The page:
IBM Eyes 100 Percent Mandate for Online Software Sales
Today, Big Blue lets customers download only small software packages. But IBM.com's general manager says the company intends to fulfill all software sales online. Are corporations ready to buy in?Would you buy all your software over the Internet? IBM thinks you will. As 2002 began, IBM VP and IBM.com General Manager Doug Maine told Baseline that he had an executive mandate to fulfill 100% of IBMs software sales through IBM.com. An IBM spokesman, Michael Rowinski, later would say Maine was referring only to IBMs public Web site, which serves consumers and smaller businesses that lack volume-license agreements or their own private sites with IBM. Even so, the message was unmistakable.
IBM.com accounted for $12 billion of IBMs revenue in 2001, up 41% from the year before. That now represents 14% of IBMs sales of $85.9 billion a year.
Yet corporate customers say that IBMor any software vendor, for that matterhas a long way to go before they would consider buying all their software online as a routine practice. In general, IBM sells very complex software whose online delivery time can be measured in hours. "Would we buy online? With little items [like Java licenses], no problem, but with big items like Content Manager, we would want to discuss with [the IBM support staff] whether we need it," says David Bush, CIO of corporate truck and fleet management company LeasePlan USA, which uses IBM software to manage documents electronically. Resellers of IBM software may lose revenue from IBMs shift online, but one integrator says the benefits of having customers educate themselves and try out software before embarking on a major project will be well worth it. "All of the other software vendors will follow this if they arent doing it already," says Richard Came, CEO of global business strategy for Dimension Data, a technology services company. Nonetheless, says office automation consultant Amy Wohl, customers will still want to keep a physical copy of the software on hand. Otherwise, when software goes bad, "I have to go back and get if off the Net," she says. Meaning: You have to re-download software you thought you already had. Maine says IBM has spent the last two years rebuilding IBM.com, after learning the hard wayfrom highly public outages like that which occurred during the 1996 Summer Olympics in Atlantathat "men in ponytails and earrings" were not sufficient to provide the "traditional IT structure and processes" that the job required. With help from its R&D organization, IBM runs the site on IBM productshardware, DB2 database, and WebSphere application server, and incorporates changes into the software as needed. On the technical side IBM is simplifying IBM.com, which consists of around 4.5 million Web pages and 2,200 separate URLs, and has integrated browsing and shopping so that customers can purchase an item immediately without backing out and clicking through a separate "Shop IBM" channel. On the business side, IBM has embarked on a 4,500-seat installation of Siebels customer relationship management (CRM) software, the largest in Siebels history. Telesales representatives now handle customer support and some sales and are available to IBM.com customers through "Chat" and "Call Me" buttons on the site. They can also intervene to encourage customers to finish shopping when they suspect an abandoned shopping cart. What you should do when buying Big Blue software online:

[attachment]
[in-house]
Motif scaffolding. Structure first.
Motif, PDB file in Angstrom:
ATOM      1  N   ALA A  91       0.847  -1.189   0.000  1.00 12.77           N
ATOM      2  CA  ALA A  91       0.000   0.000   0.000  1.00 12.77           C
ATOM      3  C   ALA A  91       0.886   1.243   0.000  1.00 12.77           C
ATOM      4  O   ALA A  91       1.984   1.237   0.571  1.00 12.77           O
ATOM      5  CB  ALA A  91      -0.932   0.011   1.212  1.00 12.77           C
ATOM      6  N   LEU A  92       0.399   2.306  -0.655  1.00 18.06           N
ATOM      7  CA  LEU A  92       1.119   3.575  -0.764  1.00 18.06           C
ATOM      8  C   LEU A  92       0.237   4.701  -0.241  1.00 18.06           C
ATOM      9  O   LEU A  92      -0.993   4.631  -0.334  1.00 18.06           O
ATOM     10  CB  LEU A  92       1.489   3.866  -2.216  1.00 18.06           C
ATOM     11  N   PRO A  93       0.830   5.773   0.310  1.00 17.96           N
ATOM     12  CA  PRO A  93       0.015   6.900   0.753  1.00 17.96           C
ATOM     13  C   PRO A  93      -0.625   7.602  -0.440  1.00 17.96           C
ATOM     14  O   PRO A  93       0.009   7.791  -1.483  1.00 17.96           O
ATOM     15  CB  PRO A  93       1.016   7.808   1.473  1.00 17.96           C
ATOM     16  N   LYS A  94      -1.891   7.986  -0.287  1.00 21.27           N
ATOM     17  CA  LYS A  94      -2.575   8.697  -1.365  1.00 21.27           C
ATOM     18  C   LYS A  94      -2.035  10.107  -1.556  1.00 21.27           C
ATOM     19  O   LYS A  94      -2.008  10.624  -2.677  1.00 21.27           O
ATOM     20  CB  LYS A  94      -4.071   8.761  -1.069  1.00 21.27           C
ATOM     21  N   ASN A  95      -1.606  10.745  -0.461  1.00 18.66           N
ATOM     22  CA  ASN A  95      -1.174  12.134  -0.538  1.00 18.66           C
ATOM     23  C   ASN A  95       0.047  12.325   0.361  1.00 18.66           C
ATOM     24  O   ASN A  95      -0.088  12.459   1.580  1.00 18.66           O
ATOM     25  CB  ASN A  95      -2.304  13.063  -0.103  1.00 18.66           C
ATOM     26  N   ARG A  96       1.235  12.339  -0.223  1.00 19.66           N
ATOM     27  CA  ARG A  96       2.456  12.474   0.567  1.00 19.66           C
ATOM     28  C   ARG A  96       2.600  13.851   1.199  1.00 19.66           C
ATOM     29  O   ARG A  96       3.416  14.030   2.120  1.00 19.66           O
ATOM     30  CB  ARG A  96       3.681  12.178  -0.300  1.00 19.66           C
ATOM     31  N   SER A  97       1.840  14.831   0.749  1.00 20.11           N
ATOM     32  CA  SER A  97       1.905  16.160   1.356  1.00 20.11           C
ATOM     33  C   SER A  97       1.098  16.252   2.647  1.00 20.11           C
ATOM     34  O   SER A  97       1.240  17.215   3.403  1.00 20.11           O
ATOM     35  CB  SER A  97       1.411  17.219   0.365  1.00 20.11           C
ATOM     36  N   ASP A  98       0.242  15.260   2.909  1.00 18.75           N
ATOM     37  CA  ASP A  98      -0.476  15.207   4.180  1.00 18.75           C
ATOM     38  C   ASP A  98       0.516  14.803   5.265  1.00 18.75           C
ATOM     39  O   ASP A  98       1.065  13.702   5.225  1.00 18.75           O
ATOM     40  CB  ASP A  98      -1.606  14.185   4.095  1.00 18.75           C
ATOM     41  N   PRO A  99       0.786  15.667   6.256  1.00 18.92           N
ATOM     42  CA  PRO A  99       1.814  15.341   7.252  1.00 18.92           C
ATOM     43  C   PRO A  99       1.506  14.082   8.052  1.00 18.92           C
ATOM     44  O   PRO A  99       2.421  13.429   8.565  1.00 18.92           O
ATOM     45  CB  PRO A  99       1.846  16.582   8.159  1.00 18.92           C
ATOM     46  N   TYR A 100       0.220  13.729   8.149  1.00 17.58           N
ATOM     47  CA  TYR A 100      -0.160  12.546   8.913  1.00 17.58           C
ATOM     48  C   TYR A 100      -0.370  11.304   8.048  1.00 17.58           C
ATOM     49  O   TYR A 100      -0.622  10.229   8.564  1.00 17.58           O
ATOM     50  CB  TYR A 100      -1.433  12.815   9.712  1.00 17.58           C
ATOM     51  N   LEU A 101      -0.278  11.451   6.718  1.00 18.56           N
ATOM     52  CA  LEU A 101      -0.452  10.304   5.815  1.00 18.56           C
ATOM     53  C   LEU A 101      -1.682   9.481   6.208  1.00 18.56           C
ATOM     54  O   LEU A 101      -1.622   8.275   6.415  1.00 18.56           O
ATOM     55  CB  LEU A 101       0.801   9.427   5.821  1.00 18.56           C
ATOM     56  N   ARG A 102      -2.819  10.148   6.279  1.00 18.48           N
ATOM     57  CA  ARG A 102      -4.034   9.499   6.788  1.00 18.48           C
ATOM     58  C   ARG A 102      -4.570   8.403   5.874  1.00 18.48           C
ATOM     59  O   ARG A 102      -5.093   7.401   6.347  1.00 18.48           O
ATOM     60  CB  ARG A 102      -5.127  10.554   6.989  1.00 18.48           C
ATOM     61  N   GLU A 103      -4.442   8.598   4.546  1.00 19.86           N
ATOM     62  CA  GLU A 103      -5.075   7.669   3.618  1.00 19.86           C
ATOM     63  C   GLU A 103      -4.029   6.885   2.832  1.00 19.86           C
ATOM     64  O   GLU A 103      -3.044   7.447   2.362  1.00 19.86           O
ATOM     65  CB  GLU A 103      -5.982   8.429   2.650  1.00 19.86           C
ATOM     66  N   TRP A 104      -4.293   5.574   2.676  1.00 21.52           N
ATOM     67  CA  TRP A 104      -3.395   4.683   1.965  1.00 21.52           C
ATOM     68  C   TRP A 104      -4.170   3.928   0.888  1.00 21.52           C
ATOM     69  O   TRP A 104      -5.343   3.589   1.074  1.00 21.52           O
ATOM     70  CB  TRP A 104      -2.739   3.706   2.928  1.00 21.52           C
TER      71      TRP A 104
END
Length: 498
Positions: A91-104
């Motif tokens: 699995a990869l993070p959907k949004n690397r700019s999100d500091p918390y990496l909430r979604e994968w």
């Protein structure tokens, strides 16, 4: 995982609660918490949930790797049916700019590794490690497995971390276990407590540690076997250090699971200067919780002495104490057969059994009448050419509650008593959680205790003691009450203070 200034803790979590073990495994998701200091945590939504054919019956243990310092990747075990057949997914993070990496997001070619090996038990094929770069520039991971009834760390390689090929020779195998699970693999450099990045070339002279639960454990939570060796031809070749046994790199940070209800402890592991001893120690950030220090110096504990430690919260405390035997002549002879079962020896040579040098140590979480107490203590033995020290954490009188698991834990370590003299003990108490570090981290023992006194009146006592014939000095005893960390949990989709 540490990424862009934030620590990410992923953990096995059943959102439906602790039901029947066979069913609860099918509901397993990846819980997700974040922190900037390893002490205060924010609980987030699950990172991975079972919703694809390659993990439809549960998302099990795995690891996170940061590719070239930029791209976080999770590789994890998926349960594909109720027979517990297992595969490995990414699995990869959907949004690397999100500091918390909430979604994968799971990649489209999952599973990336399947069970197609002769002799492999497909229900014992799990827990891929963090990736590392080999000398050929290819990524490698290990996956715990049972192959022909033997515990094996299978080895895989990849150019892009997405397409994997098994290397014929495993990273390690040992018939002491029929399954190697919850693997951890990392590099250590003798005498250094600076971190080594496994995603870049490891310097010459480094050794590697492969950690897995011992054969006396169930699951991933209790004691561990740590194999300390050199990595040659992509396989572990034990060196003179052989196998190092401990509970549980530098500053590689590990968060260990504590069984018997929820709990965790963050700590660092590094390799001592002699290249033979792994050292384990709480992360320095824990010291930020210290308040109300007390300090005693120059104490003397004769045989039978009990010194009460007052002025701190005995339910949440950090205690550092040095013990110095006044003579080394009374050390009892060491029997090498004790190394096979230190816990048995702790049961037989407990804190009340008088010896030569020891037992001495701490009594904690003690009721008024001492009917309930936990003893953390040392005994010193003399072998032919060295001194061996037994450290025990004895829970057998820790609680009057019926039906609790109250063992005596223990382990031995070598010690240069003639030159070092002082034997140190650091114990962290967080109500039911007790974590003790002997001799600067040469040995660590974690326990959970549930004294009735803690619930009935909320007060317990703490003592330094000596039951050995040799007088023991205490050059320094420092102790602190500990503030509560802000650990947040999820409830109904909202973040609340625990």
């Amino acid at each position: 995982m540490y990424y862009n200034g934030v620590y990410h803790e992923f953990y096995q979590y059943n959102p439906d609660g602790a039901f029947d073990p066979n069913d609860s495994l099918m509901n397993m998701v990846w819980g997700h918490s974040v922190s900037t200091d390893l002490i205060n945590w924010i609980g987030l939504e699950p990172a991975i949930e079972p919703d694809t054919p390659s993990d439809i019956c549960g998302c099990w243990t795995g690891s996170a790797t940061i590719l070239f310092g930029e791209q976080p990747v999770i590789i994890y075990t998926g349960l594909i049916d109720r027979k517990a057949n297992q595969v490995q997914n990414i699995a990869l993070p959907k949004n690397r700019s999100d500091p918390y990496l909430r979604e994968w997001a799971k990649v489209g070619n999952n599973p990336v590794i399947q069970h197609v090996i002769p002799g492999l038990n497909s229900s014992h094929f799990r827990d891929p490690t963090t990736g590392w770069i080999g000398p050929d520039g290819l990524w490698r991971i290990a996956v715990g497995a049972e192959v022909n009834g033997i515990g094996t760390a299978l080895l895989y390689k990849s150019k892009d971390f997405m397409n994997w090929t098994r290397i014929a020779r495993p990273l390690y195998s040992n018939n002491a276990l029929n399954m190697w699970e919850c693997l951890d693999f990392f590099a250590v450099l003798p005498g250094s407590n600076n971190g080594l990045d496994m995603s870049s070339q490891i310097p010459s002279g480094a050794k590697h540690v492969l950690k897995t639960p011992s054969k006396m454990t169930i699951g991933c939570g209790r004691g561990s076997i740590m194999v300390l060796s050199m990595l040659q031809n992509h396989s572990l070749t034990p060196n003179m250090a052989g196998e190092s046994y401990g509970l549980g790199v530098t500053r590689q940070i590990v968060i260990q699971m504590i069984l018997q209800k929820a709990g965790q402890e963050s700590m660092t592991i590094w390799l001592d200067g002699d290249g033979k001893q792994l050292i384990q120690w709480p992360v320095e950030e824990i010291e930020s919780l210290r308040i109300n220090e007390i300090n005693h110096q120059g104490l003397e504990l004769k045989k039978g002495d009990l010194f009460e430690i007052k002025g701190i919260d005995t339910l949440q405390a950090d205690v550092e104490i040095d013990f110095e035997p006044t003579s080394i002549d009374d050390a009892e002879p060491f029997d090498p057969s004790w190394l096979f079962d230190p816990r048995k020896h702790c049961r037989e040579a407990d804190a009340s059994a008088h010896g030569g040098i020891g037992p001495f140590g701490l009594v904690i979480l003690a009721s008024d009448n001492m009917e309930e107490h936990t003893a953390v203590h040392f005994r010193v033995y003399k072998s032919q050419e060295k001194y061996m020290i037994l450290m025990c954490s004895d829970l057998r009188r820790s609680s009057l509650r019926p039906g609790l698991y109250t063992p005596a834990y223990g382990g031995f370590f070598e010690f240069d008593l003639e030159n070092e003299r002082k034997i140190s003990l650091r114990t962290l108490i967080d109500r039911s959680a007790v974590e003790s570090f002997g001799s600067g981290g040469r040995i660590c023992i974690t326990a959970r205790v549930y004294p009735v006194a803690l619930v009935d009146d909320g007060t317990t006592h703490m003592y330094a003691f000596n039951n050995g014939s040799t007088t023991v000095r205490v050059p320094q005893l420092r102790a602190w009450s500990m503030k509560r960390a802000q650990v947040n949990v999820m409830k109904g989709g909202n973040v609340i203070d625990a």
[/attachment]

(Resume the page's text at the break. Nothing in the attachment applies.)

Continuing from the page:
- Make sure you have plenty of bandwidth
- Create a mechanism to restart downloads if they are interrupted
- Get a physical copy, anyway